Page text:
If you click this link, you will find a column written after the Wild’s 3-2 loss to the New York Rangers on Saturday at Xcel Energy Center.
The defeat was the Wild’s fourth in a row and dropped them to 2-7 in March. Yet, coach Bruce Boudreau did not show any signs that his team’s woes had him rattled. That led to this headline, “As Wild slide continues, Boudreau takes calm, cool and collected approach.”
A day later, I’d like to make one thing clear. That column’s headline – and much of its content – is no longer relevant. It took only one more loss for Boudreau to crack in Mike Yeo-like fashion.
That happened following the Wild’s 5-4 loss Sunday at Winnipeg. Boudreau, having just suffered a fifth consecutive defeat for the first time in his 10 seasons as an NHL coach, took only two questions in his postgame press conference as the Wild players reportedly held a players-only meeting.
This came after the Wild fell behind 4-0 before rallying with four second-period goals to tie the score. Josh Morrissey’s shot past a screened Devan Dubnyk at 12 minutes, 43 seconds of the third period proved to be the winning goal for a Jets team that was missing three regular defensemen and has little chance of making the playoffs.
The Wild had several opportunities to tie the score near the end – they were on a power play and also pulled Dubnyk to create a 6-on-4 advantage – but were unable to beat Jets goalie Michael Hutchinson.
The Wild are now seven points behind Chicago, which beat Colorado on Sunday, in the Western Conference and will fall into third place in the conference if Pacific Division-leading San Jose wins Monday at Dallas.
“This isn’t a good day because I’m going to say something stupid,” Boudreau said when asked to balance the disappointment of the loss with the way the Wild played in the second period. “So I don’t want to answer that question.”
A follow-up question was asked about the resilience the Wild had shown by coming back. “Hey listen,” Boudreau barked, “we stunk in the first, we better come back in the second. Holy crap, it’s not resiliency. You’re making it sound like we’re good. That’s (it), I’m done.”
And with that Boudreau stormed off.
The feeling after Saturday’s loss was that doubt had crept into the locker room, but Boudreau was doing his best to make sure he wasn’t giving the same impression. He had done the same after road losses last week at Washington and Carolina.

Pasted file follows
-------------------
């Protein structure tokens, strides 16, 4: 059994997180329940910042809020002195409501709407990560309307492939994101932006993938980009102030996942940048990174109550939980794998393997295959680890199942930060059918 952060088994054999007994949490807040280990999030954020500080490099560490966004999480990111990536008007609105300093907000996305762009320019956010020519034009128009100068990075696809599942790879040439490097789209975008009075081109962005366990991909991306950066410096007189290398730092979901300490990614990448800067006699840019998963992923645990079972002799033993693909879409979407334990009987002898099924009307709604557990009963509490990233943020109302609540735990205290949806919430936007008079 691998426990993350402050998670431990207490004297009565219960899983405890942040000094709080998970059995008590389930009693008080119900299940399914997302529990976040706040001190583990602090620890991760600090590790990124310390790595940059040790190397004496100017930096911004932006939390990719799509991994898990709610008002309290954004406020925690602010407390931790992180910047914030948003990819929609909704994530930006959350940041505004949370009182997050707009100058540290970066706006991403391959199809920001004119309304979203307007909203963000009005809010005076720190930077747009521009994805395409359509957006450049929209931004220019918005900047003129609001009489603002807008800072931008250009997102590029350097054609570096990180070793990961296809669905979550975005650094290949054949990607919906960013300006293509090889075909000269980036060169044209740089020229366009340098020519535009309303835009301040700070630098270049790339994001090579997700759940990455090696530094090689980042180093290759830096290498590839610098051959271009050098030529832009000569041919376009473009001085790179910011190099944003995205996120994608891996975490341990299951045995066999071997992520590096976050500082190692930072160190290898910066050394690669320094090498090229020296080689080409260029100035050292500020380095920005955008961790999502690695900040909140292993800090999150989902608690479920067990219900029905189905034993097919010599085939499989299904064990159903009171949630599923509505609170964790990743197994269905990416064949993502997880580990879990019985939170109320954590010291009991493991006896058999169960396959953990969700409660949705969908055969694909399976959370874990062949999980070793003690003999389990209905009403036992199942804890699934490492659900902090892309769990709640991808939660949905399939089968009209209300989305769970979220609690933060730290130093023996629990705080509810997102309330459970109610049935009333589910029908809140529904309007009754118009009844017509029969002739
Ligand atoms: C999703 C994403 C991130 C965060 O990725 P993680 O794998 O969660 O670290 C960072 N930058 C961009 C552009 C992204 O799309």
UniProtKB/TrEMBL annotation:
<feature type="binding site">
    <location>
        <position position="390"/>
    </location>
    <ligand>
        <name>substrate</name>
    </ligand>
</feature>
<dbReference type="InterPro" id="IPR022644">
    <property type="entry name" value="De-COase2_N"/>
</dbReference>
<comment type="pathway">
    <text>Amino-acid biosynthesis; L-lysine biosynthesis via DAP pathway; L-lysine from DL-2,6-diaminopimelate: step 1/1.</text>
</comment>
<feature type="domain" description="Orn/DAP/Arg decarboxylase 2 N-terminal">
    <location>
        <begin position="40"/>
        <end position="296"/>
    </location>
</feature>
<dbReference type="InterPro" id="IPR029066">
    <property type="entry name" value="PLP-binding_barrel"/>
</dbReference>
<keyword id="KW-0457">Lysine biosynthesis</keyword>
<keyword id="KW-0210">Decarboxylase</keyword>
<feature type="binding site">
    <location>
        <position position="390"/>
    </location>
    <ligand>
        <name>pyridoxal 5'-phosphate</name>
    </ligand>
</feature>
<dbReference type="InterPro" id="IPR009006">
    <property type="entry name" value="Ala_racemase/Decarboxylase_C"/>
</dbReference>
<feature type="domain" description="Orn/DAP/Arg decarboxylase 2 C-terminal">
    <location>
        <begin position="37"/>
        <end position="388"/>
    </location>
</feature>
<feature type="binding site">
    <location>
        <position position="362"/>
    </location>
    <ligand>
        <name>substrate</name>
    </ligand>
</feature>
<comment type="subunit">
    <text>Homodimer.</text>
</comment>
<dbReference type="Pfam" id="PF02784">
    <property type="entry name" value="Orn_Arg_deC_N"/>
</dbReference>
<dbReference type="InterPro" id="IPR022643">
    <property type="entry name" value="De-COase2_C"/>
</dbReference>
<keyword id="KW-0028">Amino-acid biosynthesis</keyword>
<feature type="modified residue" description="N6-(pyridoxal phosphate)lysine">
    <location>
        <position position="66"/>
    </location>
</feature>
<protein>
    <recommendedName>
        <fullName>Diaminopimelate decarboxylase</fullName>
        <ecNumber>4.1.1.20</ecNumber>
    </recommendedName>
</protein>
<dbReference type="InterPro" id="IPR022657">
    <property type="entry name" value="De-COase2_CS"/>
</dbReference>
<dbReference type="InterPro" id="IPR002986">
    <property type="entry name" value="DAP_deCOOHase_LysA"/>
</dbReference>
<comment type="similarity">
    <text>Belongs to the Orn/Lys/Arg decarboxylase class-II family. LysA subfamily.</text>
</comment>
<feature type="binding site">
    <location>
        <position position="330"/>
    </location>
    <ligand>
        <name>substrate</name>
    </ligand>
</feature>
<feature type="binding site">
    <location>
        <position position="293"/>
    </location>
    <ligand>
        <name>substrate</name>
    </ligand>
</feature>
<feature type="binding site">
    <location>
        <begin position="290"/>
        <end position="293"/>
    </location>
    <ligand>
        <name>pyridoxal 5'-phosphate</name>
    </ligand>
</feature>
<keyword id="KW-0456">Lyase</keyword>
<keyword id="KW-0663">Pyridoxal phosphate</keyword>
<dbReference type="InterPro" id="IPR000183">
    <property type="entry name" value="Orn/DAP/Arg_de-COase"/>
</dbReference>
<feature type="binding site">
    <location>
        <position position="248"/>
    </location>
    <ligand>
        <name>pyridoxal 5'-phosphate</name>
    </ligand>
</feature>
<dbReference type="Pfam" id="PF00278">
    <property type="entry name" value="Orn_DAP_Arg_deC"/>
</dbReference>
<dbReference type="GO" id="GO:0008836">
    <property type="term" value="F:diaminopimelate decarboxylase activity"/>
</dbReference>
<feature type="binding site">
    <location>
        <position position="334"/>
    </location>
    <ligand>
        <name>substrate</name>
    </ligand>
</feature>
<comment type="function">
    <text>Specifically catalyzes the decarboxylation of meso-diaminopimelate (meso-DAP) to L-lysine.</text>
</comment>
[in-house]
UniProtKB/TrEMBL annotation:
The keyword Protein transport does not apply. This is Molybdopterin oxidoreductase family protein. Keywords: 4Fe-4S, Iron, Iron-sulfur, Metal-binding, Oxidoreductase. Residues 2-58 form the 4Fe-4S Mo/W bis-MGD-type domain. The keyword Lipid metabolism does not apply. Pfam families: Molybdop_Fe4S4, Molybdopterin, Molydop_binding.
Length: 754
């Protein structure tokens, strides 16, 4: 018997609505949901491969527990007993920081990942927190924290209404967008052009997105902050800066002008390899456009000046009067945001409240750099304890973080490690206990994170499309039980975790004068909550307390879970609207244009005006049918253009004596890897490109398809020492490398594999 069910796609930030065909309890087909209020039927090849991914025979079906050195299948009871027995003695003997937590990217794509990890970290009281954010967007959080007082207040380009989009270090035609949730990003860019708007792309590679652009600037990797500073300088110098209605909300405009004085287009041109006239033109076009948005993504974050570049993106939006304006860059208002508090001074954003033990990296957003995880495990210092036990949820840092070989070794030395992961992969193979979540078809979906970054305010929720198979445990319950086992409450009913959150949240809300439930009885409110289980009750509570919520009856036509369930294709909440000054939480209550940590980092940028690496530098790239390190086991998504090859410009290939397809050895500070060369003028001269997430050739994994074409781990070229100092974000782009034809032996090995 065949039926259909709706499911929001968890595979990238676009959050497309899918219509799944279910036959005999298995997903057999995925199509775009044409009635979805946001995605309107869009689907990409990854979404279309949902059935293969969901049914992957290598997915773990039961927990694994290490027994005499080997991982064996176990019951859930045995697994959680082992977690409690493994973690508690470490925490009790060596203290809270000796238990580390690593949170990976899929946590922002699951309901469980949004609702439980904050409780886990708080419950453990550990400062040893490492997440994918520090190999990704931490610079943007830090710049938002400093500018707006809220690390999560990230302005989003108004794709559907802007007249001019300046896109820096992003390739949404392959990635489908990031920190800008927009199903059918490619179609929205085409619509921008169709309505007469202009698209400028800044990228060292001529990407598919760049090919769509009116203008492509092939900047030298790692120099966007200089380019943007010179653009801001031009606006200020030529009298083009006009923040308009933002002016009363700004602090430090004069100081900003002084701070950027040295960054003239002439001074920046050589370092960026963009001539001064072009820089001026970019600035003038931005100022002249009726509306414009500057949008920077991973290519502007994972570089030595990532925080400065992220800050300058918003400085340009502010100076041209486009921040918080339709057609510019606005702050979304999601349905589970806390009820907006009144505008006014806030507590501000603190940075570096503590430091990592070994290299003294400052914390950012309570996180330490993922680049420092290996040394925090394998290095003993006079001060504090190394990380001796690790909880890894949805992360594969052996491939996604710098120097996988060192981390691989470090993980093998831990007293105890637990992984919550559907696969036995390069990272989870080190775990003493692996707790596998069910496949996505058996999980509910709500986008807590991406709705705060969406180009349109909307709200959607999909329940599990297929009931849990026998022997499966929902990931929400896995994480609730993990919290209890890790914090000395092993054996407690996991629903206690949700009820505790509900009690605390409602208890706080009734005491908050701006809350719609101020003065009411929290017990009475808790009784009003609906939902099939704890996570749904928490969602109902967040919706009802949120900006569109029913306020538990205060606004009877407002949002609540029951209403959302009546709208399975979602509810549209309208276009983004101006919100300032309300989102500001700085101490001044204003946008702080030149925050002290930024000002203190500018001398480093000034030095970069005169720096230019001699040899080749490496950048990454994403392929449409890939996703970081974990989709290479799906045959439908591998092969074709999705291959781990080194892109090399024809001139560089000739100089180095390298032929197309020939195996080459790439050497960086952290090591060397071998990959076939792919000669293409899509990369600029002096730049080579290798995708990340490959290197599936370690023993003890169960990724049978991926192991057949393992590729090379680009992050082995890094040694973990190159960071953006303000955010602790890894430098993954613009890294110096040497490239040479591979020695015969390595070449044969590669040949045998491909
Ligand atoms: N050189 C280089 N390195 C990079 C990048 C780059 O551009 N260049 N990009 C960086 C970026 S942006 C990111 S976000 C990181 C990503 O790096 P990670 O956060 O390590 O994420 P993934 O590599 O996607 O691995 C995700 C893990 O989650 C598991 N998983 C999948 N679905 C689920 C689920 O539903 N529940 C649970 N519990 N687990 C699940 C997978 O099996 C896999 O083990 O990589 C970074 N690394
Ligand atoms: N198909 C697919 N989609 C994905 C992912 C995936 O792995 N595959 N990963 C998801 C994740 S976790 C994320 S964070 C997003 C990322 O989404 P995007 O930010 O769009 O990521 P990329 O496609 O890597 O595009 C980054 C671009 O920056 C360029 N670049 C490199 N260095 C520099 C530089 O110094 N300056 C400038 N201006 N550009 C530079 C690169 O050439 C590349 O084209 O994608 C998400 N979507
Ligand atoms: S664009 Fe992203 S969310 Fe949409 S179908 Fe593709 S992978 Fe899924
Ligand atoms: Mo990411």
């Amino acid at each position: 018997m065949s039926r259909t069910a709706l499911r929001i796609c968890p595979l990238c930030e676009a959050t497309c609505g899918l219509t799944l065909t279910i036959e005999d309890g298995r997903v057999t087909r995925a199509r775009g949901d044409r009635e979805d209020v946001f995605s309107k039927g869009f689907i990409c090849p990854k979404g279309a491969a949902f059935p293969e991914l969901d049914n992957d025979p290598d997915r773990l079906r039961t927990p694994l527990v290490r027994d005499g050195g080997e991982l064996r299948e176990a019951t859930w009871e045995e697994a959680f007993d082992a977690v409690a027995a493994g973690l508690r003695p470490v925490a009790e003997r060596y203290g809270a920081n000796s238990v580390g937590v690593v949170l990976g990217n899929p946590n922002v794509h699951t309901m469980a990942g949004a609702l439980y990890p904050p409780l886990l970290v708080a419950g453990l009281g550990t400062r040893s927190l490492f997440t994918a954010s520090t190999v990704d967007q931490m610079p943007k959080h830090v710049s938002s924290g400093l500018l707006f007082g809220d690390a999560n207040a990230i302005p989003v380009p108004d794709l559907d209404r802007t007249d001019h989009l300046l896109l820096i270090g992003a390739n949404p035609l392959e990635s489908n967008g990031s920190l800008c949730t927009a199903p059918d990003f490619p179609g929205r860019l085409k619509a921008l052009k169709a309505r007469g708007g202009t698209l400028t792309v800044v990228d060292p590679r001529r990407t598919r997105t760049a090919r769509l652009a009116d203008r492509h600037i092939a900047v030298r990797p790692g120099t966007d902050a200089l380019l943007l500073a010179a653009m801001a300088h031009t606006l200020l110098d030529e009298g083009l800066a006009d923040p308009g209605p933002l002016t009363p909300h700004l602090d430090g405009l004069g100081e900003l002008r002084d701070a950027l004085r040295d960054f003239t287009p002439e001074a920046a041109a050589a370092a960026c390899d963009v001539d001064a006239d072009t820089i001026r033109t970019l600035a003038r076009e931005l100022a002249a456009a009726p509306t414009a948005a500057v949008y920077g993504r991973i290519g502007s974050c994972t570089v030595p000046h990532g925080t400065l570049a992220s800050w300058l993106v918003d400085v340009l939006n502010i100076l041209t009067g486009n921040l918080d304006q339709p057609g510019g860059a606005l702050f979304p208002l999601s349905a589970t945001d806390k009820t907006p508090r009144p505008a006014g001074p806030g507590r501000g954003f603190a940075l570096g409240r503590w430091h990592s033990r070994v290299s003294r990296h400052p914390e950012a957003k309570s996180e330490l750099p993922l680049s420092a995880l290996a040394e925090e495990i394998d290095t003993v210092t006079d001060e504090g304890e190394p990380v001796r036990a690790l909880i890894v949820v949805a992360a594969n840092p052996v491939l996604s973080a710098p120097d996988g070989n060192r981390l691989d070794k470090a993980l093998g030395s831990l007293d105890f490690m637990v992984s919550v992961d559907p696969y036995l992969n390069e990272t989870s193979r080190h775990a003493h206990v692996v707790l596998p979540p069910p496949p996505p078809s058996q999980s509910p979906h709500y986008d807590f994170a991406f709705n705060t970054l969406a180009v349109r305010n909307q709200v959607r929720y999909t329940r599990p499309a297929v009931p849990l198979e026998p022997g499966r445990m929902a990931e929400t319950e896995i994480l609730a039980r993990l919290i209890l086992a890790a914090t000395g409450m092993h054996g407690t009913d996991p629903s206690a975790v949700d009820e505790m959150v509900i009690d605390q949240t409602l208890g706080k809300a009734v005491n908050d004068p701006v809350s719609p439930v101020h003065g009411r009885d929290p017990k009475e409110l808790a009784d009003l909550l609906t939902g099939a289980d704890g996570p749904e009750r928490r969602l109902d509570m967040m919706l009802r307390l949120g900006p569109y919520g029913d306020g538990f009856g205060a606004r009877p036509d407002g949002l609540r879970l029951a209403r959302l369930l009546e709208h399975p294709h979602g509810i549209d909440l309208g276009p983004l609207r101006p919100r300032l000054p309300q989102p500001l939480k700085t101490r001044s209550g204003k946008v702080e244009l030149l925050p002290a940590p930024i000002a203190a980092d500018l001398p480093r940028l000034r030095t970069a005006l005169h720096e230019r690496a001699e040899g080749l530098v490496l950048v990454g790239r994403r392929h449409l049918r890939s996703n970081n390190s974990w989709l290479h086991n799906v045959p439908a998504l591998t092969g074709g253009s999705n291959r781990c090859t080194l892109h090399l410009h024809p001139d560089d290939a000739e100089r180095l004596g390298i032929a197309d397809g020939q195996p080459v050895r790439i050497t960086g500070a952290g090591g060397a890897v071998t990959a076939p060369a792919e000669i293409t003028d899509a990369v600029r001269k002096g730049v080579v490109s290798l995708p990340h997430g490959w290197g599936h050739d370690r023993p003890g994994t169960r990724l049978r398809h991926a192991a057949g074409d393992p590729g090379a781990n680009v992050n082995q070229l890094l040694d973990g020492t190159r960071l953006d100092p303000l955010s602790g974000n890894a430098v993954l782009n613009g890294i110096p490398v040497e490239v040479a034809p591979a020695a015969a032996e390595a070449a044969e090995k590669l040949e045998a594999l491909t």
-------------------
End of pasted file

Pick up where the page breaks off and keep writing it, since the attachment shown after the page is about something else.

After Sunday, it would be safe to say the Wild are sitting at DEFCON 2 and that Boudreau has his finger on the button. Somewhere in St. Louis, Yeo has to be chuckling as many of his former players again prove to be far too fragile.
Dubnyk, so good early in the season that some (me again) felt he deserved MVP consideration, looks as if he has lost all confidence and spends much of his time fighting the puck. Charlie Coyle, in the midst of a terrible goal-scoring slump, had the Wild’s first goal Sunday, but was unable to guide the puck into what amounted to a wide-open portion of the net in the third period.
Coyle did the same thing on Saturday when Erik Haula set him up on a 2-on-1 with a perfect pass and somehow Coyle was unable to direct the puck into the open net.
Coyle has company when it comes to players who have gone cold in the goal-scoring department. Mikko Koivu has two goals in his past 20 games; Nino Niederreiter has no goals during the March slide; Jason Zucker has one goal in that time; Jason Pominville has one goal since returning from the mumps and was a healthy scratch on Sunday; and Zach Parise has two goals since coming back from the mumps. The list of struggling Wild players goes on and on.
Just over two weeks after putting together an impressive performance against San Jose in a rare March victory, the Wild will attempt to end this free-fall on Tuesday against the Sharks at Xcel Energy Center.
Will the players-only meeting help? Will the fact Boudreau finally appears to be fed up with how his once red-hot team is playing help? Will Dubnyk even get the start in goal? Will any of the struggling goal scorers end their slumps?
At this point, only one thing is certain. After months of stability, the Wild have returned to being a soap opera and their head coach now appears willing to play a leading role.